Graphic design is at the forefront of the the public’s perception of marketing. The most iconic commercial images are the result of graphic designers who have worked tirelessly to perfect their art, striving to create work that sticks in the mind of public.
The power of graphic design in marketing is not to be underestimated. It has given brands the greatest possible level of visibility. We have arrived at a point where the typography of Coca Cola is more recognisable than the work of history’s greatest artists. Graphic design has cemented its position to such an extent that is has worked its way into the the education system of many western countries such as the United Kingdom.
However, the rise of an increasing amount of digital disciplines has resulted in a shift within the graphic design industry. Many professionals are choosing to retrain in different areas in order to increase their employability or potential earnings. We have seen an increasing number of people looking to make the shift over from UX. Switching roles can be a daunting task but with an increasing amount of online resources available, it is becoming a more manageable transition that will lead to greater numbers taking the leap.
Rome wasn’t built in a day.
A key complaint of many UX designers centres around the number of people working in more artistic roles that misunderstand the role and skill involved in UX. This can lead many to blindly add the skill to their CV with little thought.
As with any skill, it takes time to master regardless of whether there are elements that crossover with your existing area of expertise. A translator would not put on their CV that they speak Portuguese just because they are an expert in Spanish. The same principles apply here. Take time to build up your skills, learning how to get to grips with new tools and a different way of approaching a task.
A good place to start is with an online course that can serve as a foundation to building knowledge of UX. Check out the offerings at the Interaction Design Foundation as they have a wealth of courses and content focusing in this area. Courses about UX can also be found on more mainstream learning platform such as Coursera and Udemy.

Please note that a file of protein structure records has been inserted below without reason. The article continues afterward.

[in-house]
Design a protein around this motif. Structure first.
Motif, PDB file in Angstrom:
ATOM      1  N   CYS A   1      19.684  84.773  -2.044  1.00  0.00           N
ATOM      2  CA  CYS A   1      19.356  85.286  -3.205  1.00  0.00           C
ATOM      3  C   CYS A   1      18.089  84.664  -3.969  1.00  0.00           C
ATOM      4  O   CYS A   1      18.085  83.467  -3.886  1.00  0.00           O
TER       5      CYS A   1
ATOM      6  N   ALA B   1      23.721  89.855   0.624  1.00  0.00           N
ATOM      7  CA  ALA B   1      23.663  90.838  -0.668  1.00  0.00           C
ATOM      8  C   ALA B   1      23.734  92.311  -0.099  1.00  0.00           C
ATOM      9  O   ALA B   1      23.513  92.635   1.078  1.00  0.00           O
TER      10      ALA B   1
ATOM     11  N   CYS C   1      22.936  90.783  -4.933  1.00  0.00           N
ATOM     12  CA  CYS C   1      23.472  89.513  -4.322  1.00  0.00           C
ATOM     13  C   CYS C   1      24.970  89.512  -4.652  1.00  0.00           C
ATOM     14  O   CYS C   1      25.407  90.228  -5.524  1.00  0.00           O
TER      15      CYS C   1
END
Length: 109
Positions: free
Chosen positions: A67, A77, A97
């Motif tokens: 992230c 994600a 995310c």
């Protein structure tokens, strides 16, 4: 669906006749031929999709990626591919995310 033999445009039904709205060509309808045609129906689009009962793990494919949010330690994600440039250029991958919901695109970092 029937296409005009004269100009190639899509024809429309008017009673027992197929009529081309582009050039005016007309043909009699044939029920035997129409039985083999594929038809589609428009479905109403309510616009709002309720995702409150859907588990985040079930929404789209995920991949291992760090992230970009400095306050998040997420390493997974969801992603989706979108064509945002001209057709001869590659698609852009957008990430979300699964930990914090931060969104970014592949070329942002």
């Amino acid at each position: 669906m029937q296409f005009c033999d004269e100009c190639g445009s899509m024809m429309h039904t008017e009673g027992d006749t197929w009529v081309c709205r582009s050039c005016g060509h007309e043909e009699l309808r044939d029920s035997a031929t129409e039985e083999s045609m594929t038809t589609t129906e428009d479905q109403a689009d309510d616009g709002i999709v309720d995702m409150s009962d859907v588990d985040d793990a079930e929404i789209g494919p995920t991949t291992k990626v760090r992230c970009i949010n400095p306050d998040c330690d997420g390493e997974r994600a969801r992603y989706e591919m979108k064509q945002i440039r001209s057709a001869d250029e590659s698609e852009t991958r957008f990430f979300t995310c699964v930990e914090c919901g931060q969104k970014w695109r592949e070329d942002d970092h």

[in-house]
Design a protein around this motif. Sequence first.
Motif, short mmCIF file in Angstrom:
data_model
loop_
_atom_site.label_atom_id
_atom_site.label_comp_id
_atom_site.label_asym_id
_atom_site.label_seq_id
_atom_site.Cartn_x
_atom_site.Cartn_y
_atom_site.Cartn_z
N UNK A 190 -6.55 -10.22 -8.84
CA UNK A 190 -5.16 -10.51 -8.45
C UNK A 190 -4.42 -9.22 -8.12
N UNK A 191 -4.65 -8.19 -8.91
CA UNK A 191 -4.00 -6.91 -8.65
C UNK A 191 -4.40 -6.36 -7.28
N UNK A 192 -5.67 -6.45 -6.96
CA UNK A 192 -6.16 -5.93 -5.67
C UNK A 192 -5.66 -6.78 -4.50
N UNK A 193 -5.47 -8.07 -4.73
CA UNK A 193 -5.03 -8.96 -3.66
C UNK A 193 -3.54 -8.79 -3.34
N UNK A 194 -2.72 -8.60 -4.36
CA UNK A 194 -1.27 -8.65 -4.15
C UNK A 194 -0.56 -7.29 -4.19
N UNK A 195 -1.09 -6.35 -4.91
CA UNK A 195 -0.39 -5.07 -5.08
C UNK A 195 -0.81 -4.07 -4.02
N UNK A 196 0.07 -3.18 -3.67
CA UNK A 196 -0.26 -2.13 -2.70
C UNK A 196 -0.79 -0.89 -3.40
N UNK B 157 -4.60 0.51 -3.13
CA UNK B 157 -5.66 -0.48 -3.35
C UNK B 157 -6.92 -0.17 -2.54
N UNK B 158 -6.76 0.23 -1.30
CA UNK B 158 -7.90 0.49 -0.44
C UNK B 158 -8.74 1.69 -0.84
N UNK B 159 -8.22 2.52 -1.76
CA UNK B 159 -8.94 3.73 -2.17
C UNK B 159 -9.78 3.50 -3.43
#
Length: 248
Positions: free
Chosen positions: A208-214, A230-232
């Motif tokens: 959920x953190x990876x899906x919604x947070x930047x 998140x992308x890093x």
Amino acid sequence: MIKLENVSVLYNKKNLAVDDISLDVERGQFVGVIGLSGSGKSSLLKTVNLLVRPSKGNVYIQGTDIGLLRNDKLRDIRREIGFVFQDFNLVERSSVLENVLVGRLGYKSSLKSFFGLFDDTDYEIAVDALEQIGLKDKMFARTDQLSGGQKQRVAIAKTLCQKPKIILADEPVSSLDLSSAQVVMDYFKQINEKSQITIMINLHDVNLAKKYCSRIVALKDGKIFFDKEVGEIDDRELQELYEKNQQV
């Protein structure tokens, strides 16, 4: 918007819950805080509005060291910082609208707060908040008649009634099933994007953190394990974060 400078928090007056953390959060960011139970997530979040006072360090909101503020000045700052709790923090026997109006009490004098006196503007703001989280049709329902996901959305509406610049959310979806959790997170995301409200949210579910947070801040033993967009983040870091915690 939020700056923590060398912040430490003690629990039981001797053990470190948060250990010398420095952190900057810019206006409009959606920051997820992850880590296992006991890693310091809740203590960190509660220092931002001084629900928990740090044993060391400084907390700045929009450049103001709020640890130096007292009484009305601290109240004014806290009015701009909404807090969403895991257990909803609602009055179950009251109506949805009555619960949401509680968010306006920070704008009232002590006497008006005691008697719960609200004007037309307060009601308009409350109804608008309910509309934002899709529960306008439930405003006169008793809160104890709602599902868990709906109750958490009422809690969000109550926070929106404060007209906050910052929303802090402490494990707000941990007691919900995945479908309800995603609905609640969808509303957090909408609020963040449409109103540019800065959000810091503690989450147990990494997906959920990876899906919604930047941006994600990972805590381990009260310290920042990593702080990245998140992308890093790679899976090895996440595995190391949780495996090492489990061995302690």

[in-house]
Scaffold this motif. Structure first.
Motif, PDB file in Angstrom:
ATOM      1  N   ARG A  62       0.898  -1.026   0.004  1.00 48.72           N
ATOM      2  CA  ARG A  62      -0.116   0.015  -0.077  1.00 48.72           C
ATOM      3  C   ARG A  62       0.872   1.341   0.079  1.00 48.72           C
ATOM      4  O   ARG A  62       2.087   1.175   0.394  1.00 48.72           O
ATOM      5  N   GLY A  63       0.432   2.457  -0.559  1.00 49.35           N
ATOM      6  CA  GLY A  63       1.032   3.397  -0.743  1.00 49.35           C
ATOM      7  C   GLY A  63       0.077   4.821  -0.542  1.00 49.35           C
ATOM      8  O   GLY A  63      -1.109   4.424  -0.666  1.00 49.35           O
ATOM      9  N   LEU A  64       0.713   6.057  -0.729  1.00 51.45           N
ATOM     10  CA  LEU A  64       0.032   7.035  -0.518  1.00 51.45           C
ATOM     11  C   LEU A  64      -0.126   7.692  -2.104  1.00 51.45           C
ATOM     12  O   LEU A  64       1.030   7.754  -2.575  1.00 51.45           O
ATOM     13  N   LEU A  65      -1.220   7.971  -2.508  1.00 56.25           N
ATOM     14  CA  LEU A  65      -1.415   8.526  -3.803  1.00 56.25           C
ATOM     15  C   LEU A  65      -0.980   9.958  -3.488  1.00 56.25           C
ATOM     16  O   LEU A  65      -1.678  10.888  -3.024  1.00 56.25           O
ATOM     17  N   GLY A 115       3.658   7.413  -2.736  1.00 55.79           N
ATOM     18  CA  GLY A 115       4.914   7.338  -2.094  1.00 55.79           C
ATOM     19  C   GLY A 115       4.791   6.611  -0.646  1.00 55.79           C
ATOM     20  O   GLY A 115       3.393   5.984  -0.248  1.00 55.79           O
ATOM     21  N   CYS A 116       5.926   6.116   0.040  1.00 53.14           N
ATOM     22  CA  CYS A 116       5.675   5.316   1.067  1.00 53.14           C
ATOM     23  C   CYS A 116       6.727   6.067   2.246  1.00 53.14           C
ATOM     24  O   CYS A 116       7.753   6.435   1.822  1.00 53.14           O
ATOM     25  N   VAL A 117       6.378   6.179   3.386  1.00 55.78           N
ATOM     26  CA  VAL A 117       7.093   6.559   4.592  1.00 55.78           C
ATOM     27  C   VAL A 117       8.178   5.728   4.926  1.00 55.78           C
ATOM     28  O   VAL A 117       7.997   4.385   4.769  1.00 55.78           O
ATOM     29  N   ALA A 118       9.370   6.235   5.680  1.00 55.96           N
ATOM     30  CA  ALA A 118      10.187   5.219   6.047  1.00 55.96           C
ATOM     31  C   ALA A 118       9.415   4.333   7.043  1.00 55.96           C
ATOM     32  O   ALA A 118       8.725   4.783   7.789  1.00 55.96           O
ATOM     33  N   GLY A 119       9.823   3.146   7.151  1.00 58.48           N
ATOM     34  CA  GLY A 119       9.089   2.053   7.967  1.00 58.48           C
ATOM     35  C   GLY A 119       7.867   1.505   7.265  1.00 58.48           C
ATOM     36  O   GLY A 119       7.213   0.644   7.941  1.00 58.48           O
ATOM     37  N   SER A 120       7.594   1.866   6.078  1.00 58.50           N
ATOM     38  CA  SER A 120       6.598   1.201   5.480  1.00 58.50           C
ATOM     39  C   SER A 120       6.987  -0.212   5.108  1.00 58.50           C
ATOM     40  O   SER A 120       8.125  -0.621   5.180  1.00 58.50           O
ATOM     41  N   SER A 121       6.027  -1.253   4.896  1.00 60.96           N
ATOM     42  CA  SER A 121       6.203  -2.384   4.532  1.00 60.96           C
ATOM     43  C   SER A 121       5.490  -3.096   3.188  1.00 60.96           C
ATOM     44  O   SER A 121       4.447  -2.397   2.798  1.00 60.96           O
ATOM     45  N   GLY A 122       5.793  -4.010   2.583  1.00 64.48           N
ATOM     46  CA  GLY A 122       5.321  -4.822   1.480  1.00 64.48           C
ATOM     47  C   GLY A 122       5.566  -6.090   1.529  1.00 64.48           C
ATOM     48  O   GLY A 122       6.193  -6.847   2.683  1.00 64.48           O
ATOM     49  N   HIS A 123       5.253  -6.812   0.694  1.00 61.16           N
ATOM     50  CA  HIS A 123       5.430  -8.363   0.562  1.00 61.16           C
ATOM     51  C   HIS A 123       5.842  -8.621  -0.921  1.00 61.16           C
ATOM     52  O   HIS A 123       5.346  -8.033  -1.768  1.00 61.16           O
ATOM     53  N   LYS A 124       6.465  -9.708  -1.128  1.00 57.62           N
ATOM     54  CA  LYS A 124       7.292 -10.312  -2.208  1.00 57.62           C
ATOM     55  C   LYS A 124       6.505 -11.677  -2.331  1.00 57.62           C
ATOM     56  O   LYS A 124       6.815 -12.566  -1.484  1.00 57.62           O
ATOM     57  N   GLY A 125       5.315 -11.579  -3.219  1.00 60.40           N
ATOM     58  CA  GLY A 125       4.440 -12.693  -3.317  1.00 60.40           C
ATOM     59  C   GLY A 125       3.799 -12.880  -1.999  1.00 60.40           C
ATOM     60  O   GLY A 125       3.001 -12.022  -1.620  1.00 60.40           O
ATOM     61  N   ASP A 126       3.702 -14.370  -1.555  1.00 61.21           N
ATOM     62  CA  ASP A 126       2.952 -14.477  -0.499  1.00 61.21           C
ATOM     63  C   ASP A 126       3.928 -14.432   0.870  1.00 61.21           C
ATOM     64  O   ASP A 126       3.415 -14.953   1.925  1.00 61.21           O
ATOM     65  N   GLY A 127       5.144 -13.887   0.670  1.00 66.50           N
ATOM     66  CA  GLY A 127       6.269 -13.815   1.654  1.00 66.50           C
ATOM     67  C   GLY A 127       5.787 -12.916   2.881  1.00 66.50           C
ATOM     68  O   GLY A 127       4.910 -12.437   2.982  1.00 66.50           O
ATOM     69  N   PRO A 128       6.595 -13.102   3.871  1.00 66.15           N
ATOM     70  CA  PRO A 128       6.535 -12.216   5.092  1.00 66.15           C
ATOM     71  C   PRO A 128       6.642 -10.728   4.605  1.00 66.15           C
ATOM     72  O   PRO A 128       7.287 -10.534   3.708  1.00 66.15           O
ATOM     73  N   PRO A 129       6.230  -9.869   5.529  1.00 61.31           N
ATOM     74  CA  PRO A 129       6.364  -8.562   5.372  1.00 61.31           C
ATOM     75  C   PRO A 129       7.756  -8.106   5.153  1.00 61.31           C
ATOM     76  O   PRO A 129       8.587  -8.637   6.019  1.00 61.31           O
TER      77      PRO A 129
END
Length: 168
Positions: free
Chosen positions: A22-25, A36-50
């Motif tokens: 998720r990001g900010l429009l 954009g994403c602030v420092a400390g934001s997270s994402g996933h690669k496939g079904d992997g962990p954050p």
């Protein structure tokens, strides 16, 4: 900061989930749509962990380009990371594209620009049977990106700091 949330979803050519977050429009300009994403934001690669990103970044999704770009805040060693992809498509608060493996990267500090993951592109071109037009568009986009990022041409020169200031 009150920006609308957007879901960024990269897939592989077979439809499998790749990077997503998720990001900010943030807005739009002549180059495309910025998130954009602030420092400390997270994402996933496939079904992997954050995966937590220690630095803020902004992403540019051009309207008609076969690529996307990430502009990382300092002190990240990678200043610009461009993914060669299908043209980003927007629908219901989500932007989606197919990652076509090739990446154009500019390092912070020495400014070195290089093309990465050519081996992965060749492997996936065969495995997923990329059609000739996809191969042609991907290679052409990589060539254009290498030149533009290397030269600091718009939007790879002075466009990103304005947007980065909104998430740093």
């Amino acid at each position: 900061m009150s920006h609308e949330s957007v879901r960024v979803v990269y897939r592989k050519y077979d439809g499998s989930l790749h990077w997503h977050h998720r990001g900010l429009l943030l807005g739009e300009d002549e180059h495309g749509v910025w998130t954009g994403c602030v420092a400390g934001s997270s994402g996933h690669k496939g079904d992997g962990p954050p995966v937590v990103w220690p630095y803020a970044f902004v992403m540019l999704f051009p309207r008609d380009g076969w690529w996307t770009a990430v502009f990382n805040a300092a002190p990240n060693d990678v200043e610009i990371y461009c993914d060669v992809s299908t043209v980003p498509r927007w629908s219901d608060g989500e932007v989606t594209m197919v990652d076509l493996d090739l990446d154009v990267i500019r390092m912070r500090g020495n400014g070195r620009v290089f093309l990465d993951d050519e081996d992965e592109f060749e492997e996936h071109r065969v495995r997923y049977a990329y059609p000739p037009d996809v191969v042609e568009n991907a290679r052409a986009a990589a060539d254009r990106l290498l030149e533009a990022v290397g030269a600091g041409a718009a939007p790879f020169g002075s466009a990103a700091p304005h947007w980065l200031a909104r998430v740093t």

For the theoretical side, websites like UX Mag and UX Planet are a great place to find debates on current trends as well as best practices.
Build a portfolio.
A key problem for any UX designer entering the market is that often in order to gain your first paid role, you must be able to exhibit your own work which requires a portfolio. In order to gain a portfolio, you must have work which presents a newcomer with a quandary.
The answer to this is simple but will appear unattractive to those that have become accustomed to a constant flow of projects. A new designer will most likely have to seek out projects and offer their services for free in the beginning as a way to build up their portfolio. This will also serve as a useful way in which to put new skills into practices and hone your techniques by confronting real situations and problems.
The Daily UI challenge can also be an excellent way of continuing to learn whilst at the same time building up practical experience that could be used to help buff out the portfolio of a new designer. The benefit of doing what is essentially an academic exercise is that it also allows you to see how others tackled the same problem, helping to build a wider range of solutions in the arsenal of a designer.
Getting the message out there.
You have the relevant skills, you have built up a decent portfolio from projects you’ve got involved in. The next step is to begin to network and market yourself in a way that will create demand foe your services.
This can often seem like a daunting phase for many people as there is a certain stigma attached to self-publicity but it is important to make yourself as visible as possible.
You should attend as many events as possible that will give you a chance to network with people in the UX field. You can find a list of local events on sites such as Meetup which can be the perfect way in which to build up your list contacts within the community.
Meetup posts UX events across the globe.
Building up your presence on LinkedIn is often a great way to engage with other professionals. It is about going beyond the standard procedures of simply updating your profile. A new designer should instead seek to participate in debate or start their own by publishing an article on the Pulse that can prove as a great way to showcase your knowledge whilst capturing the imagination of a wider audience.
Most importantly, don’t fear putting yourself out there. UX is an in demand skill that companies across the world are looking for. Once you get your foot in the door, it’s all plain sailing
Have you made the switch to UX or are you new to the industry? Get in contact with us to see how we can help you in taking your next career step. Click Here!